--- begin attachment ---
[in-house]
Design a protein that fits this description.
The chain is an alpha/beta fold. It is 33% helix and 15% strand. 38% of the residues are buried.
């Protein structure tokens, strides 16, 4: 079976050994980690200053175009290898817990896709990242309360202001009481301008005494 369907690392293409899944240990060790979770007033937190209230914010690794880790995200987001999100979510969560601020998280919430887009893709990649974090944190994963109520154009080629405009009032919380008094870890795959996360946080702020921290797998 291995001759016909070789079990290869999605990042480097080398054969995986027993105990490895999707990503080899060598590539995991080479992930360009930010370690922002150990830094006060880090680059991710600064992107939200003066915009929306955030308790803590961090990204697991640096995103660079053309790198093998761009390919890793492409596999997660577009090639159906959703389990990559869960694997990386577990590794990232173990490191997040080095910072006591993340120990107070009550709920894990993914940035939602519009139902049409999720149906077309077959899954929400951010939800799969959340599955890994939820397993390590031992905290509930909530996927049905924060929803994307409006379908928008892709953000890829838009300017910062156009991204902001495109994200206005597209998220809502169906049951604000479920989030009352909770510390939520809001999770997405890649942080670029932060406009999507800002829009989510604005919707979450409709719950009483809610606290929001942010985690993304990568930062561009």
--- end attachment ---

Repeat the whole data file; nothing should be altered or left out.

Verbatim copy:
[in-house]
Design a protein that fits this description.
The chain is an alpha/beta fold. It is 33% helix and 15% strand. 38% of the residues are buried.
């Protein structure tokens, strides 16, 4: 079976050994980690200053175009290898817990896709990242309360202001009481301008005494 369907690392293409899944240990060790979770007033937190209230914010690794880790995200987001999100979510969560601020998280919430887009893709990649974090944190994963109520154009080629405009009032919380008094870890795959996360946080702020921290797998 291995001759016909070789079990290869999605990042480097080398054969995986027993105990490895999707990503080899060598590539995991080479992930360009930010370690922002150990830094006060880090680059991710600064992107939200003066915009929306955030308790803590961090990204697991640096995103660079053309790198093998761009390919890793492409596999997660577009090639159906959703389990990559869960694997990386577990590794990232173990490191997040080095910072006591993340120990107070009550709920894990993914940035939602519009139902049409999720149906077309077959899954929400951010939800799969959340599955890994939820397993390590031992905290509930909530996927049905924060929803994307409006379908928008892709953000890829838009300017910062156009991204902001495109994200206005597209998220809502169906049951604000479920989030009352909770510390939520809001999770997405890649942080670029932060406009999507800002829009989510604005919707979450409709719950009483809610606290929001942010985690993304990568930062561009």